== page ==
The JM1 is a small ultra-short-throw projector with a deceptive design. It’s as compact as they get while delivering an image that rivals some of the greatest projectors. Perhaps even more amazing is the JMGO O1 Pro’s price: at $1,599 (AU$2,299, or roughly £1,225), it’s less than half the cost of several comparable UST projectors on the market.
However, the JM1’s reduced price comes with some significant trade-offs when compared to its competitors. It only has a 1080p resolution, and while its LED light source is efficient & long-lasting, it isn’t as bright as other laser-powered versions, and it struggles to be as colorful.
In the appropriate circumstances, JMGO O1 Pro is a capable small home theatre bundle. It doesn’t require much space or preparation to hang a large, 100-inch painting on the wall. It’s also bright even in a dark environment without having to be black, though that would help. However, watching throughout the day is a bad idea. The projector comes with a respectable set of 10W speakers that could fill a small-to-medium-sized room well but don’t have a lot of stereo separation.
This JM1 has a smart TV platform built, but it isn’t really helpful or dependable, and the otherwise fancy-looking remote control isn’t either. Setting up the JM1 with an outside streaming stick is a fantastic option, as it leaves just one more HDMI port for a gaming console or even other input.
What you will see here?
JMGO O1 Pro: Price
The JMGO O1 Pro may be the smallest UST projector, however, the basic JMGO O1 is just $900 and offers a reduction in brightness. There are, however, a lot better solutions available for those who can spend even more and deal with the slight inconvenience of a basic projector setup.
Design and Features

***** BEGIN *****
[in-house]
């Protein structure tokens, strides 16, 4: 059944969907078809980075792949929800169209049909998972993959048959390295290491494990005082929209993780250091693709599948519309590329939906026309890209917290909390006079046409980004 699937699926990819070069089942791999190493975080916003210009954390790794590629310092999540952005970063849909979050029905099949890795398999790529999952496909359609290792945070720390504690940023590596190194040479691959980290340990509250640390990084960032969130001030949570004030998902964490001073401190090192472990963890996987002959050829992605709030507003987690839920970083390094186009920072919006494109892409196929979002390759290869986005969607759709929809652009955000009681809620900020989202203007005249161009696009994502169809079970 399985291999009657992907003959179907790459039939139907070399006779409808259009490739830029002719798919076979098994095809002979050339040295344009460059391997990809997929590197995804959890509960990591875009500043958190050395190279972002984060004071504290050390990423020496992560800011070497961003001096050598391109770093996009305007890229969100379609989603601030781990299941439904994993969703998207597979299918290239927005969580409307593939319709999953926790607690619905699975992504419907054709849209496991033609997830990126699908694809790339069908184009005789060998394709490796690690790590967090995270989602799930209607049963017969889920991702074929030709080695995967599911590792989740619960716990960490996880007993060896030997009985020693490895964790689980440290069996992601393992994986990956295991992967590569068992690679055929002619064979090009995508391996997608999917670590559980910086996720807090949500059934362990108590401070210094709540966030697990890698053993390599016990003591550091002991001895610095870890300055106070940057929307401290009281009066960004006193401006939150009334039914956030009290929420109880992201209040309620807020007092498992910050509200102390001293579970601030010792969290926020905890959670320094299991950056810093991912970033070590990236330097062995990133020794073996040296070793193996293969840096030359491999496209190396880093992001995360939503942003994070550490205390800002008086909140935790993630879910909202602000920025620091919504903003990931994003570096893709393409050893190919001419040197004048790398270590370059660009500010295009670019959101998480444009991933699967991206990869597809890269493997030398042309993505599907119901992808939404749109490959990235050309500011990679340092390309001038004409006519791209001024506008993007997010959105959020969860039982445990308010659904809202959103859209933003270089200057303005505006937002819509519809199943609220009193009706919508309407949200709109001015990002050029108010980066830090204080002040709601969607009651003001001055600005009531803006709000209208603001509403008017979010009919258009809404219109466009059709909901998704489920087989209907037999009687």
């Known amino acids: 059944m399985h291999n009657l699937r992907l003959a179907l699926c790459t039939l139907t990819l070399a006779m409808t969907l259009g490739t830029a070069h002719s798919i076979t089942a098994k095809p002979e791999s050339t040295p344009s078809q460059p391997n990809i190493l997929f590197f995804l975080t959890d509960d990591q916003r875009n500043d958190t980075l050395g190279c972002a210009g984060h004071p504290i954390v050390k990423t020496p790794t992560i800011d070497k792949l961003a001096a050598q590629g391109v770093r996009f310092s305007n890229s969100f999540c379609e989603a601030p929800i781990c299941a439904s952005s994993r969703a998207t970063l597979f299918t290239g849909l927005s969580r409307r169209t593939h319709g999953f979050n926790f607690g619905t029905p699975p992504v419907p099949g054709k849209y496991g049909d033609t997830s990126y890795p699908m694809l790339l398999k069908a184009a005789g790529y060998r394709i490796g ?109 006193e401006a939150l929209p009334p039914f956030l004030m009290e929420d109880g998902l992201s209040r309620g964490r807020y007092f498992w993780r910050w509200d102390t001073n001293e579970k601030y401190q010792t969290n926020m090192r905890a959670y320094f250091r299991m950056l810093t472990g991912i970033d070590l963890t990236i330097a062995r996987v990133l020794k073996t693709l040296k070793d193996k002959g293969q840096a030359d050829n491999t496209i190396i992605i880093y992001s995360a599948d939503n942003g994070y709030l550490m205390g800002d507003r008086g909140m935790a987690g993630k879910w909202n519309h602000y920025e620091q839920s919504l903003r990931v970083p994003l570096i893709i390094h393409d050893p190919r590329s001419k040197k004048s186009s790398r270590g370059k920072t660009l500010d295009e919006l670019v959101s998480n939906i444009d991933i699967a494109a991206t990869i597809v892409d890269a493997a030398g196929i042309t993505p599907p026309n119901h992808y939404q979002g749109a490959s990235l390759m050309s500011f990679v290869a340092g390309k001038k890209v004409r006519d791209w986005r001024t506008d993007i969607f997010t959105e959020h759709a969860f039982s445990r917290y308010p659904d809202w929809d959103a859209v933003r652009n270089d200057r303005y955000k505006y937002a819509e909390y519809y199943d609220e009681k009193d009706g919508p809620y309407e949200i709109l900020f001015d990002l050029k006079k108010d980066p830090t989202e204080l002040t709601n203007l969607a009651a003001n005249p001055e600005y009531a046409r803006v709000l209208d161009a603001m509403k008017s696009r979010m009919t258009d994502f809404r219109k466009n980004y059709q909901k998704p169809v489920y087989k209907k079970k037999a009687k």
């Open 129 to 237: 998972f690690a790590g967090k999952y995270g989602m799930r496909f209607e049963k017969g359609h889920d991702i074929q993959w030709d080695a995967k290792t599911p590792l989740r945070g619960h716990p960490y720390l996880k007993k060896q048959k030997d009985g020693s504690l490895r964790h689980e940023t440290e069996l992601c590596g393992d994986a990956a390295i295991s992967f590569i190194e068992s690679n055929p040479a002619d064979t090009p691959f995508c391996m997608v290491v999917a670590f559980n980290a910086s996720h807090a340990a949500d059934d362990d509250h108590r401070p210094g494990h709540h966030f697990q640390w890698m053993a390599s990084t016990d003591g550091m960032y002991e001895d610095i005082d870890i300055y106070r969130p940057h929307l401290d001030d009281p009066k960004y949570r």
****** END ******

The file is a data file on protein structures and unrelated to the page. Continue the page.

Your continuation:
From the start, the JO1 stands apart from other ultra-short-throw projectors. This is a little item. While most UST projectors are willing to occupy a few square feet of an entertainment center, the JO1 is half the length of most of its rivals and resembles a little silver blimp.
The JO1’s LED-powered projection system, a collection of 10-watt speakers, a smart TV platform, and the detector it needs for fully automated focus, keystone, brightness, and color adjustments, as well as a front-facing camera that can be used for gesture recognition (or easily taped over for anyone who doesn’t like a camera staring at all of them and the time in their living room), are all packed inside that small frame.
The Luna OS smart TV platform, which is proprietary, leaves a lot to be desired. While it offers the ability to change settings and switch HDMI inputs, as well as a PiP of HDMI input before committing to it, it’s better left alone. Within an app, buttons just on the remote frequently do nothing, as well as the app store seems questionable. You arrive at a Get Started page after installing Netflix & running the program, which does not enable any input. You have even more worries about JGMO’s ability to gain adequate app support since Xgimi hasn’t been able to secure Netflix compatibility on any of the Android TV-powered projectors.
JMGO O1 Pro created an interesting projector remote control with a stylish metal look & USB-C charging, but it’s a bit of a nuisance to use. It doesn’t like quick inputs, such as changing the level, and it virtually never functions from more than ten feet away, which would be essentially where a user would sit when using a projector with a 110-inch screen.
JMGO O1 Pro with External Source
To use an external source for the projector is unquestionably preferable. However, the fact that there are just two HDMI connections is a bit of a stumbling block. The 2 USB ports on the rear will assist power them up if they’re filled with a set of streaming sticks. Local material can also play over the USB ports. Both an optical & 3.5mm audio output complete the connectors. Support the CEC by those HDMI connections, which is useful, however, it regularly boots up our PS5 accidentally. Disabling CEC didn’t seem to cause any issues at first, but after a day, no sound came from any HDMI inputs no matter how so many settings you tried until we factory reset the device.